EVLHF

Computes all of the eigenvalues of a complex Hermitian matrix.

Required Arguments

A — Complex Hermitian matrix of order N. (Input)

Only the upper triangle is used.

Only the upper triangle is used.

EVAL — Real vector of length N containing the eigenvalues of A in decreasing order

of magnitude. (Output)

of magnitude. (Output)

Optional Arguments

N — Order of the matrix A. (Input)

Default: N = SIZE (A,2).

Default: N = SIZE (A,2).

LDA — Leading dimension of A exactly as specified in the dimension statement in the calling program. (Input)

Default: LDA = SIZE (A,1).

Default: LDA = SIZE (A,1).

FORTRAN 90 Interface

Generic: CALL EVLHF (A, EVAL [,…])

Specific: The specific interface names are S_EVLHF and D_EVLHF.

FORTRAN 77 Interface

Single: CALL EVLHF (N, A, LDA, EVAL)

Double: The double precision name is DEVLHF.

Description

Routine EVLHF computes the eigenvalues of a complex Hermitian matrix. Unitary similarity transformations are used to reduce the matrix to an equivalent real symmetric tridiagonal matrix. The implicit QL algorithm is used to compute the eigenvalues of this tridiagonal matrix.

The underlying code is based on either EISPACK or LAPACK code depending upon which supporting libraries are used during linking. For a detailed explanation, see “Using ScaLAPACK, LAPACK, LINPACK, and EISPACK” in the Introduction section of this manual.

Comments

1. Workspace may be explicitly provided, if desired, by use of E3LHF/DE3LHF. The reference is:

CALL E3LHF (N, A, LDA, EVAL, ACOPY, RWK, CWK, IWK)

The additional arguments are as follows:

ACOPY — Complex work array of length N2. A and ACOPY may be the same in which case A will be destroyed.

RWK — Work array of length N.

CWK — Complex work array of length 2N.

IWK — Integer work array of length N.

2. Informational errors

Type | Code | Description |
---|---|---|

3 | 1 | The matrix is not Hermitian. It has a diagonal entry with a small imaginary part. |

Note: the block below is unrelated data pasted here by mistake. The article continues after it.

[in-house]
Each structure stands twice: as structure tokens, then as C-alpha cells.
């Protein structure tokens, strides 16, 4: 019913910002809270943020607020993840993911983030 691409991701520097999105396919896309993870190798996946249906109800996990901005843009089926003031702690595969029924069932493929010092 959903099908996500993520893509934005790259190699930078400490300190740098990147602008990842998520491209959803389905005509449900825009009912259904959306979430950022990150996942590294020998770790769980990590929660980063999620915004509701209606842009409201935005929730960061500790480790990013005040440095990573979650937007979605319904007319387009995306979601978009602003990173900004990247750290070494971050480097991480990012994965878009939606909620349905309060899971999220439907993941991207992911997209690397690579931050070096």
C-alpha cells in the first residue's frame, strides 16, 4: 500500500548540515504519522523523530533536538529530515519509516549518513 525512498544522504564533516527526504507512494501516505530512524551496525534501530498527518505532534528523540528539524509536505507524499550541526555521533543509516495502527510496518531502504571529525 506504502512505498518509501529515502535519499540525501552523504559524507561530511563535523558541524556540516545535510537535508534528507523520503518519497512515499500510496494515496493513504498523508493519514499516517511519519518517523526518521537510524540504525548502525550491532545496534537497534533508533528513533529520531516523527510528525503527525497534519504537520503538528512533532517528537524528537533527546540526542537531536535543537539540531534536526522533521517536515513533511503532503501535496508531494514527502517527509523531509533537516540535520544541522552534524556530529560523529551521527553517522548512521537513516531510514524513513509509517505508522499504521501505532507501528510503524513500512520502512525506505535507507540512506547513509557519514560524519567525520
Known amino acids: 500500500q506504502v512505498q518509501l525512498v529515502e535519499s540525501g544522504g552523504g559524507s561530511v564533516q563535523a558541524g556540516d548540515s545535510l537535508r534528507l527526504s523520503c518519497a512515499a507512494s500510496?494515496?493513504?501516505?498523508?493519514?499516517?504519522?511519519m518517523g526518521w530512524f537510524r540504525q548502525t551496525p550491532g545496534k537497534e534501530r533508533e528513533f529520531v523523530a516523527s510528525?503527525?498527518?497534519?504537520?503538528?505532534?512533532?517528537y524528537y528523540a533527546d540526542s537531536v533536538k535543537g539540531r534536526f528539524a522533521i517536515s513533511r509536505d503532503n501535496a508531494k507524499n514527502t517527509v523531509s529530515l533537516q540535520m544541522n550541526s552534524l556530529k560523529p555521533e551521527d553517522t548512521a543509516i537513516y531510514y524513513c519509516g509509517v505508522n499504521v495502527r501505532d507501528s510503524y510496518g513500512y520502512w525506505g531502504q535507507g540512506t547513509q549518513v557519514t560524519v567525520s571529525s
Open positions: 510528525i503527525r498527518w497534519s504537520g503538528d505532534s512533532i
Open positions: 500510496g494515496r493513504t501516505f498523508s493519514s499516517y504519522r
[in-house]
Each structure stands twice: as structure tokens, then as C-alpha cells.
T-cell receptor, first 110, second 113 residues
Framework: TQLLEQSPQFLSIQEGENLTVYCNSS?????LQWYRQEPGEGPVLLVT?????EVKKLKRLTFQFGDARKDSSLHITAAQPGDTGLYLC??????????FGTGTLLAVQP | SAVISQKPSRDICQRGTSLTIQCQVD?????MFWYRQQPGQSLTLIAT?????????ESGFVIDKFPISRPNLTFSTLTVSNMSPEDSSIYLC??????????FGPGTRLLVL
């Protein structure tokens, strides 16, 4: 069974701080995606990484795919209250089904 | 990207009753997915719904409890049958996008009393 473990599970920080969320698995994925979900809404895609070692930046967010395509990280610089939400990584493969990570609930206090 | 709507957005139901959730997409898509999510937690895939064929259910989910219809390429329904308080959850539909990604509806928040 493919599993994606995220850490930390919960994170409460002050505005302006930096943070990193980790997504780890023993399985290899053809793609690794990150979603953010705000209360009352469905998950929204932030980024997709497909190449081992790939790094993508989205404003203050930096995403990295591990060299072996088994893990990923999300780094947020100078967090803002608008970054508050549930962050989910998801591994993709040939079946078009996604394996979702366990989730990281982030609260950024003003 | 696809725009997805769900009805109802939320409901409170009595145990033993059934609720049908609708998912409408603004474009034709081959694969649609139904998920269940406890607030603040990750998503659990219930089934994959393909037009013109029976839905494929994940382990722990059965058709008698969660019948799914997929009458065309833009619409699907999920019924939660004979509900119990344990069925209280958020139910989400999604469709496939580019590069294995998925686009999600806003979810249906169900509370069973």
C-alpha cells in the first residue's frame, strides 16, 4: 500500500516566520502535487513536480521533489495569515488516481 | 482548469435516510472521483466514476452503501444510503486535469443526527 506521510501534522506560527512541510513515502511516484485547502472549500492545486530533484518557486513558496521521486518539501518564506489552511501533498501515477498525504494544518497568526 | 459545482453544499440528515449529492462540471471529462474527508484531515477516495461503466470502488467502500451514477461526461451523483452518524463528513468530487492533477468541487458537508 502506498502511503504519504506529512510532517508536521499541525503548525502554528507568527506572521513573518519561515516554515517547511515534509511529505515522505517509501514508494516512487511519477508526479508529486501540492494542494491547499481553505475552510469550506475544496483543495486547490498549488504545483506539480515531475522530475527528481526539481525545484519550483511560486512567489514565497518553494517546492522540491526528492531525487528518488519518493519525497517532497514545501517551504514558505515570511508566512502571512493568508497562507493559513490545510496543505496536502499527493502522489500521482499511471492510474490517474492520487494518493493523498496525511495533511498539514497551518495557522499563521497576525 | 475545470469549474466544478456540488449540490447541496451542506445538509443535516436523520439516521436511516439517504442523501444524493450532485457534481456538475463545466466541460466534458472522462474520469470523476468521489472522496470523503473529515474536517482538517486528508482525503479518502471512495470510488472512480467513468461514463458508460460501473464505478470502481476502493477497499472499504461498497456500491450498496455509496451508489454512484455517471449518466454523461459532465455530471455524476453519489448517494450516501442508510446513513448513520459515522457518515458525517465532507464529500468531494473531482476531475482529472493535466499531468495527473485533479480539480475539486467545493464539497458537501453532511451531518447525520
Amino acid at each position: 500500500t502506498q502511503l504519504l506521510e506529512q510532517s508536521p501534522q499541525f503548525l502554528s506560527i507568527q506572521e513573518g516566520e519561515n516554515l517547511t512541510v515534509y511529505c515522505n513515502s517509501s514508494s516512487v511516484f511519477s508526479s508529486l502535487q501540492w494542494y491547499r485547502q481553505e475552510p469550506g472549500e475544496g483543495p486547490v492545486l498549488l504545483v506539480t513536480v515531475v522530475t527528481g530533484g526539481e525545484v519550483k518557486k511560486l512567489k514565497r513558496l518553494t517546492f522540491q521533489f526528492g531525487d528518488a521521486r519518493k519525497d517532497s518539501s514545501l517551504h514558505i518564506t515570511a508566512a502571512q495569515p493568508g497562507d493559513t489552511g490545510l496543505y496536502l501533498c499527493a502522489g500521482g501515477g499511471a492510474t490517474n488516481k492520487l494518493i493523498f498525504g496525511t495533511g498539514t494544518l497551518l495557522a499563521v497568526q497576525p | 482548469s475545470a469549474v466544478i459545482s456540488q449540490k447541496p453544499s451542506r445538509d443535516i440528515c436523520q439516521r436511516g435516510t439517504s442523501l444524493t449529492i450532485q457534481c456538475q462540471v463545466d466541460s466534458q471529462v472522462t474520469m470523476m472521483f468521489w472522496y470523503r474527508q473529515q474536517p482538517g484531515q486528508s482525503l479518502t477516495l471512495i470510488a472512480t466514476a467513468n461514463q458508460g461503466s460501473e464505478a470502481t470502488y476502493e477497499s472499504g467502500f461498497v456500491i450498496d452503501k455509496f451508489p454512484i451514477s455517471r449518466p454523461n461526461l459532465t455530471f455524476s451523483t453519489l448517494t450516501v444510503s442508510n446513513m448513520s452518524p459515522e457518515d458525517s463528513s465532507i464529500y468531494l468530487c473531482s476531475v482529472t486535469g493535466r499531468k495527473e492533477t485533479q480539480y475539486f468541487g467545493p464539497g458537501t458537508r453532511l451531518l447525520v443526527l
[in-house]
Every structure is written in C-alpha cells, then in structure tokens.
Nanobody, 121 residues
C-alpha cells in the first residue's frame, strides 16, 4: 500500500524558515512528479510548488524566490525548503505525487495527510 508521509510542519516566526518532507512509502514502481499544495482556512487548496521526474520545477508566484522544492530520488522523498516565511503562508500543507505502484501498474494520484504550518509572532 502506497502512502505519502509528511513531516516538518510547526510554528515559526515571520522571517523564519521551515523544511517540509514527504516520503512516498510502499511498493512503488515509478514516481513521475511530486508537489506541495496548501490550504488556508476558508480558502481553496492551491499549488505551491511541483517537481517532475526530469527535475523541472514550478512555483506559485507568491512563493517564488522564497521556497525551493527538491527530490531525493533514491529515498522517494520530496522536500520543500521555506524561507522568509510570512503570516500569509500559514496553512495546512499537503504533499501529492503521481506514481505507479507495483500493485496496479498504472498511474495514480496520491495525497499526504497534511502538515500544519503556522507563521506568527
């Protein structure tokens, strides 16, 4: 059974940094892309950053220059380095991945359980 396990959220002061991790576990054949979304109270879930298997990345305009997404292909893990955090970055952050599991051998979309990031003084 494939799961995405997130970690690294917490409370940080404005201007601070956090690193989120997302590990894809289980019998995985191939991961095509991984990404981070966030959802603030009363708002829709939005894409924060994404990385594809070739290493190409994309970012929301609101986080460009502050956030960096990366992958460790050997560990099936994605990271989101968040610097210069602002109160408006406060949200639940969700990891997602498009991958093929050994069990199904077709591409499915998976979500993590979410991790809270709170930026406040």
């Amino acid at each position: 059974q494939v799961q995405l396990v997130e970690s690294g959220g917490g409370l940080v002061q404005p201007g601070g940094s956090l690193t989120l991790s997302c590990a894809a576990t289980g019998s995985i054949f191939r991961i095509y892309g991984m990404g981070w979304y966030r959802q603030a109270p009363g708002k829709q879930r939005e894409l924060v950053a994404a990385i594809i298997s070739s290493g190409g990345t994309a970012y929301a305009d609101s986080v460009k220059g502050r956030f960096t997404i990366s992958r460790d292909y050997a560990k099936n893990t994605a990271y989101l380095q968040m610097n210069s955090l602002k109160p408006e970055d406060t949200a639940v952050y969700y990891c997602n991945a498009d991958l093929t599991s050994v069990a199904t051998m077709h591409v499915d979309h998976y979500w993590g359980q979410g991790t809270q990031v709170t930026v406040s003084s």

4 | 1 | The iteration for an eigenvalue failed to converge. |

4 | 2 | The matrix is not Hermitian. It has a diagonal entry with an imaginary part. |

3. Integer Options with Chapter 11 Options Manager

1 This option uses eight values to solve memory bank conflict (access inefficiency) problems. In routine E3LHF, the internal or working leading dimensions of ACOPY and ECOPY are both increased by IVAL(3) when N is a multiple of IVAL(4). The values IVAL(3) and IVAL(4) are temporarily replaced by IVAL(1) and IVAL(2), respectively, in routine EVLHF. Additional memory allocation and option value restoration are automatically done in EVLHF. There is no requirement that users change existing applications that use EVLHF or E3LHF. Default values for the option are IVAL(*) = 1, 16, 0, 1, 1, 16, 0, 1. Items 5 – 8 in IVAL(*) are for the generalized eigenvalue problem and are not used in EVLHF.

Example

In this example, a DATA statement is used to set A to a matrix given by Gregory and Karney (1969, page 114). The eigenvalues of this complex Hermitian matrix are computed and printed.

USE EVLHF_INT

USE WRRRN_INT

IMPLICIT NONE

! Declare variables

INTEGER LDA, N

PARAMETER (N=2, LDA=N)

!

REAL EVAL(N)

COMPLEX A(LDA,N)

! Set values of A

!

! A = ( 1 -i )

! ( i 1 )

!

DATA A/(1.0,0.0), (0.0,1.0), (0.0,-1.0), (1.0,0.0)/

!

! Find eigenvalues of A

CALL EVLHF (A, EVAL)

! Print results

CALL WRRRN ('EVAL', EVAL, 1, N, 1)

END

Output

EVAL

1 2

2.000 0.000